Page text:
I believe a big part of our Kingdom purpose is helping broken people to build a healthy attachment to God and His people.

The areas of the brain that are involved with relationship-building or rebuilding are the identical parts involved with sensory processing, and are best accessed and expressed in nonverbal forms, like seeing and creating images. For those patients that have hyperactive emotional responses based on childhood trauma or abuse (whether to lash out, or to completely withdraw), participation in art-making in one form or another can increase feelings of comfort, relaxation and safety. As the art engages the brain, it is simultaneously stimulating the area of the brain that builds and rebuilds trust. That is the Master Artist at work. “As an act of the imagination, the visual arts can enable us to see the world, not as opaque to God’s presence but as charged with it.” (W. David O. Taylor, “Discipling the Eyes Through Art in Worship”).

Back to the Dust

The creative arts hold the possibility of uncovering realities deep within the human soul that words could never express. Because of the way Christianity encapsulates all of the color of life, from despair to hope, aching to healing, death to life, there is no end to the possibility of what might be created, and to the ways in which people can connect to it. The creative arts, if used prayerfully, carefully and intentionally, can be a significant catalyst in helping us to become who we were made to be: More like Christ.

As we endeavor to pick people up and dust them off, as Picasso says, let’s not do the work of worship for them—let’s invite them into it. Let them sing, yes. But let them also speak, let them testify, paint and dramatize their story, let them hear God’s Word on their own tongue, to feel the rough edge of the broken pottery, to taste the coolness of water, to pound that nail into the tree, to hear the comforting hum of the potter’s wheel and smell the aroma of freshly baked bread. Let’s not just leave them quietly in their seats, let’s invite them to move, to journey, to dance, to posture themselves before the Lord. Let’s find ways to help them make beautiful things, to encounter the magnificence of color and symbol. Let’s be okay with an unpolished and messy environment. Let them know their creations ARE masterpieces, because they help connect them to the Master Artist.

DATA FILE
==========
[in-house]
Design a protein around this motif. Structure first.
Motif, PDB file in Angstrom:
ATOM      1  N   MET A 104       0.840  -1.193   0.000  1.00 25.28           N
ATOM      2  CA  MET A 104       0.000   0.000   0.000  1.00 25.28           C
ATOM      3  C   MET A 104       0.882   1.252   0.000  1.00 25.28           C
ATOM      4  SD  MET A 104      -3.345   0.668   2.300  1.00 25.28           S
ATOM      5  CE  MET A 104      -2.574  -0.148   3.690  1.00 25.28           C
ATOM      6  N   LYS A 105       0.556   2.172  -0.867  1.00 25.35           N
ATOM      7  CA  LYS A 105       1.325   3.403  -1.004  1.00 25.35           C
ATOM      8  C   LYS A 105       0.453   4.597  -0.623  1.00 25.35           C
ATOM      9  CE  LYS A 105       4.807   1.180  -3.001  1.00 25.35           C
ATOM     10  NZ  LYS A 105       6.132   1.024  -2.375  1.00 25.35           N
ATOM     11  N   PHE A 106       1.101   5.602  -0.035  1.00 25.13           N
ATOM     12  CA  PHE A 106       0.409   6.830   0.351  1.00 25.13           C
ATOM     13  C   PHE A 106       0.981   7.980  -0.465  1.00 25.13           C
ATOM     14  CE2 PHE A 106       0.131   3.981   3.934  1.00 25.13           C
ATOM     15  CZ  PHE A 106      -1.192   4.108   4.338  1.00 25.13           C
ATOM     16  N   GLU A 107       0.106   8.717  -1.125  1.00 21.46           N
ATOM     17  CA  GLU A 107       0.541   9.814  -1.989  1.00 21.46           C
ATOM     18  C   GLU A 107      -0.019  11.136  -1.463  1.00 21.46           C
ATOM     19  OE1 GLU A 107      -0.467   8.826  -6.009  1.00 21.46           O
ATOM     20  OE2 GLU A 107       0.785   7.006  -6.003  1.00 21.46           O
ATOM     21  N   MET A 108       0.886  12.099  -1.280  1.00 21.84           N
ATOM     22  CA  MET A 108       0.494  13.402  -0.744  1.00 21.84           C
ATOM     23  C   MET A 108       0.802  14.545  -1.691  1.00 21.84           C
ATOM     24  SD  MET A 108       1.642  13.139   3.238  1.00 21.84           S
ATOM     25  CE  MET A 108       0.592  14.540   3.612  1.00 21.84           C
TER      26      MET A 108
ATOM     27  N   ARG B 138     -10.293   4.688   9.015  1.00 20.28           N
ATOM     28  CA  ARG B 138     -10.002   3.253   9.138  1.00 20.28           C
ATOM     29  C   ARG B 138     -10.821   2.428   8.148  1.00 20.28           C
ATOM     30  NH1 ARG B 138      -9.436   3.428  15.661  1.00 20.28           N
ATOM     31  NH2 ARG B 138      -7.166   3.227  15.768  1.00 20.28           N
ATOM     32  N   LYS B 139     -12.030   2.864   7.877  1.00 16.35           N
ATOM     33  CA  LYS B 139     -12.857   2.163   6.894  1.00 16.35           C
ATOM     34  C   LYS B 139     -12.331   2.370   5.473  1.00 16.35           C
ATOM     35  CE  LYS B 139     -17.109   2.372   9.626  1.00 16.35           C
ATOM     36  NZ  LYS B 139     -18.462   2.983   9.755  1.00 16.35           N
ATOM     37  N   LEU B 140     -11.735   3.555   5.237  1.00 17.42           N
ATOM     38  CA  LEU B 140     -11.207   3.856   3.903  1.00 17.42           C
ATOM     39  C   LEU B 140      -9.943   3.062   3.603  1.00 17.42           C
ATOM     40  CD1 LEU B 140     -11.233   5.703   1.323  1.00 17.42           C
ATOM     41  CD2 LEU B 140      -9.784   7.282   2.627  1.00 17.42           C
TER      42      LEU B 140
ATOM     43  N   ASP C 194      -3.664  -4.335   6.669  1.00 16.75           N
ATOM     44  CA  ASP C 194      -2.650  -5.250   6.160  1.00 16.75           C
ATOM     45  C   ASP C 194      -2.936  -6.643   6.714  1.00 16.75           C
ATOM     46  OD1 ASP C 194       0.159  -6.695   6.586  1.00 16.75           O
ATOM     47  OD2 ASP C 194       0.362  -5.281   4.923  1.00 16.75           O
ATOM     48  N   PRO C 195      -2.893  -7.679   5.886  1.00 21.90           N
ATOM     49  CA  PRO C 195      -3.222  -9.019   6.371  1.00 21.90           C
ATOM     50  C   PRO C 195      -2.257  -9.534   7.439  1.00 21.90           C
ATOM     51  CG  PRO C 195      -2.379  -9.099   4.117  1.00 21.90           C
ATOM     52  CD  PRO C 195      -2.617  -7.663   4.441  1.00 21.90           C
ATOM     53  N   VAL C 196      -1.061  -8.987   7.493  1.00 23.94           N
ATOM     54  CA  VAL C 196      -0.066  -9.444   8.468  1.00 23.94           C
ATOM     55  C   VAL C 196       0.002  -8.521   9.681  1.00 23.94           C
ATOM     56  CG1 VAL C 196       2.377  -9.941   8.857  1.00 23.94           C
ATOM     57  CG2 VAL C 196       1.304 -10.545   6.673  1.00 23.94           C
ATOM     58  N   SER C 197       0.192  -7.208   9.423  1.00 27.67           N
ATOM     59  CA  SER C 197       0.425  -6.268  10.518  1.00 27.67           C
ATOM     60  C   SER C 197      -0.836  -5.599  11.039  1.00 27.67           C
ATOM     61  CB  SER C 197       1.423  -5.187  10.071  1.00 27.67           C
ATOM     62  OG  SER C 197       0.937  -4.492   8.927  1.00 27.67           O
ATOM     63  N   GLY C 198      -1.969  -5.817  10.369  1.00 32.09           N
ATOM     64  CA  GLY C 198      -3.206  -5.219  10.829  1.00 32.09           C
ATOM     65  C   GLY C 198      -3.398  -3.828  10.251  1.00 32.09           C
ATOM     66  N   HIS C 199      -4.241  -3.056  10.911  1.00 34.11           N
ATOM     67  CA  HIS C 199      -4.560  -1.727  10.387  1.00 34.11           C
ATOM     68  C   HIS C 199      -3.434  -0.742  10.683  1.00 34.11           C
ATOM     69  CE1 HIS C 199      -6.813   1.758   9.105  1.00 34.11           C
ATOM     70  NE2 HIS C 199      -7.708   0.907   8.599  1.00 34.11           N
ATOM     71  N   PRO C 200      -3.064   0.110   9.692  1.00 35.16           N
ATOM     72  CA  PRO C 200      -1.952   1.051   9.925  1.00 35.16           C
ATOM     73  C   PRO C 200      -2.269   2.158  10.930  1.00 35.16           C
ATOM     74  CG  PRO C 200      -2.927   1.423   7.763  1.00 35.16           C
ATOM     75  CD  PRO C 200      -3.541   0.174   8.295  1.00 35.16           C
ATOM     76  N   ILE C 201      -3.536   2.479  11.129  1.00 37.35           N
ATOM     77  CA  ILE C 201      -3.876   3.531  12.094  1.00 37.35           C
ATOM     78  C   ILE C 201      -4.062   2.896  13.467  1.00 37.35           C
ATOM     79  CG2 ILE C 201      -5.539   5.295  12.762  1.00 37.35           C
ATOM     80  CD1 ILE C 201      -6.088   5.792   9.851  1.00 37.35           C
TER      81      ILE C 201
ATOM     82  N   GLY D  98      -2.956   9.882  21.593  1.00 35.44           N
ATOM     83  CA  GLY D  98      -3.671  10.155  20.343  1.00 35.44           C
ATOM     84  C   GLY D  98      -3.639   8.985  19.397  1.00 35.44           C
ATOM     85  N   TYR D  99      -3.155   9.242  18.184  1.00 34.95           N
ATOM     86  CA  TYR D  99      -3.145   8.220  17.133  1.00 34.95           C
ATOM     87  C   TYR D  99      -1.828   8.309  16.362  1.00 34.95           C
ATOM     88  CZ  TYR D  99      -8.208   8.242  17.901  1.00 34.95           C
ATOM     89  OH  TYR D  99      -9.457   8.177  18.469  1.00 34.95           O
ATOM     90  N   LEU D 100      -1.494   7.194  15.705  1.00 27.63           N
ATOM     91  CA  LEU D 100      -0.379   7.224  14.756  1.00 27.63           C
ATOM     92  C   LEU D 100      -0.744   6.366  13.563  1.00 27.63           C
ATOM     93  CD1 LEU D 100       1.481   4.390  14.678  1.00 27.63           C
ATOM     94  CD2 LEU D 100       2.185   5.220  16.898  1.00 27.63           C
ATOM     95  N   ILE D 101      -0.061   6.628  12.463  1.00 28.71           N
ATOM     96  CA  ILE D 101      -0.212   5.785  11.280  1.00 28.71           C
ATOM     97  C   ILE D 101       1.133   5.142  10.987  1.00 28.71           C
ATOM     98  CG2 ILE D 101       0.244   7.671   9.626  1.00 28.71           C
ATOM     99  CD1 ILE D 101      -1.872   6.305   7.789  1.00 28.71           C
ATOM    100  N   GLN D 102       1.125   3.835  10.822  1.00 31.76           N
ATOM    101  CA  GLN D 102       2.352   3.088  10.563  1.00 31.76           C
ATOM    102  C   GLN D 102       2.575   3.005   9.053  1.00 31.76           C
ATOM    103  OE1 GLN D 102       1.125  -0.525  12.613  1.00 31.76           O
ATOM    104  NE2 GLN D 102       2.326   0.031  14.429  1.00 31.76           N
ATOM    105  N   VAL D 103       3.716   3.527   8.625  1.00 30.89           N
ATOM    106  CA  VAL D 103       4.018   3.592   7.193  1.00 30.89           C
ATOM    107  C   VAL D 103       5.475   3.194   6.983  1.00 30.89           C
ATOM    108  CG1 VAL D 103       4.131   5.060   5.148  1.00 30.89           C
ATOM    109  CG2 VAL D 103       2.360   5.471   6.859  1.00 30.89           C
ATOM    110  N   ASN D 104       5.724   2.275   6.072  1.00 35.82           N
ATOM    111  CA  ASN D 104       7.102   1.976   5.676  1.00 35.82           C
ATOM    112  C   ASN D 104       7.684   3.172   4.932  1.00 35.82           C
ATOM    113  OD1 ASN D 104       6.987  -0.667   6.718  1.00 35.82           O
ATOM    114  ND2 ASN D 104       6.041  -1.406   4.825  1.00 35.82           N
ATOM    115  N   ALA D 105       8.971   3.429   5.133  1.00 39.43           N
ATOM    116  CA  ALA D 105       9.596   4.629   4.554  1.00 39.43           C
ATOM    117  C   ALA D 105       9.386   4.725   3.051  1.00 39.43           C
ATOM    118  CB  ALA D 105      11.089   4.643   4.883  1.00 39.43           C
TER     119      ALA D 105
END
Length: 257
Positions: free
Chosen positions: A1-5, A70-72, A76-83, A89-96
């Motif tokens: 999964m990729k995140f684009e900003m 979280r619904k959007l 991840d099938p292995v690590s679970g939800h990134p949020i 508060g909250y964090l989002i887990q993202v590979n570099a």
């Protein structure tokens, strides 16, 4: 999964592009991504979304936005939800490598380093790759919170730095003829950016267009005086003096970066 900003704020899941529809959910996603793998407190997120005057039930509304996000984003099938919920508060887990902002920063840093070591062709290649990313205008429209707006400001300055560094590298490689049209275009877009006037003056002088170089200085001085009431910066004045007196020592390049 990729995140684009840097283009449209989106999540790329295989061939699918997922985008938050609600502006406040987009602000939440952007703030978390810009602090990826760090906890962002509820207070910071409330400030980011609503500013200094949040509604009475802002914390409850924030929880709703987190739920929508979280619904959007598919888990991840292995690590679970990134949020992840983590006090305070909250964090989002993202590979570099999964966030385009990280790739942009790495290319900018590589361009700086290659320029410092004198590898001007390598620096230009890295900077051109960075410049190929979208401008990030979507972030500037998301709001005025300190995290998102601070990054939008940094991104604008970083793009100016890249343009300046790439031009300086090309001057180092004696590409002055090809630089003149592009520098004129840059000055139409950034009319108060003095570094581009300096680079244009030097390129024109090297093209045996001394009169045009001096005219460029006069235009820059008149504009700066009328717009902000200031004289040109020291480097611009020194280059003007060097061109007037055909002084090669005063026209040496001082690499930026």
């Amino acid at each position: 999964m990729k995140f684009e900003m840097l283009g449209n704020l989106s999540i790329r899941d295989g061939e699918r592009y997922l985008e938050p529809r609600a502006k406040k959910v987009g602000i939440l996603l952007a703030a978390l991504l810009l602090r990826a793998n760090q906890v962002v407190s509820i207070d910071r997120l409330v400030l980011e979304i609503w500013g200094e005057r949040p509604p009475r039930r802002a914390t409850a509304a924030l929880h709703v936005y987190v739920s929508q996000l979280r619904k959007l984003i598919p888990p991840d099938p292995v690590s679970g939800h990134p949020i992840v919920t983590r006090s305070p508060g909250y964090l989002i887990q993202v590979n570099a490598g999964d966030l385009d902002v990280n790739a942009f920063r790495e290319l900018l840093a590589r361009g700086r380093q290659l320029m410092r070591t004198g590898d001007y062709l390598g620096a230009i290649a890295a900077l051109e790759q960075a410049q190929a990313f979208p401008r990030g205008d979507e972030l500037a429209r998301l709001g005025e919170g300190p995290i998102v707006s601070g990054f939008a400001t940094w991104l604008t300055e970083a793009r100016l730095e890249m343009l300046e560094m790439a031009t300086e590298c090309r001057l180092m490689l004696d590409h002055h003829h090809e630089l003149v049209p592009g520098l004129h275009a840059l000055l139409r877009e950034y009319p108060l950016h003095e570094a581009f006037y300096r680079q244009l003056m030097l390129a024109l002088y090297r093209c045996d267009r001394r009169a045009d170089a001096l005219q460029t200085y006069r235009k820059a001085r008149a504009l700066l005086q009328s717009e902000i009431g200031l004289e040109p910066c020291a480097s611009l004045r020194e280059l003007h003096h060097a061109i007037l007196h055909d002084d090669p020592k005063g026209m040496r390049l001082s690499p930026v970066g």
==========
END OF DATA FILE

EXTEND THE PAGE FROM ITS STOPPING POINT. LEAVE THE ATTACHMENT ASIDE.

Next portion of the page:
There’s a significant case for creativity as God recreates His people.

Elizabeth Rhyno is passionate about investing in leaders of the Church. Her desire is to shepherd people to worship freely in spirit and in truth. Elizabeth holds a BMus from Dalhousie University, and an MA in Ministry from Lee University. Wife to Scott and mom to three teenagers (sons Mackenzie & Morgan, and daughter Grace), Elizabeth aims to approach daily life, teaching, leading, songwriting, mentoring and writing with spiritual formation consistently in view. Elizabeth and her family reside in Fishers, Indiana.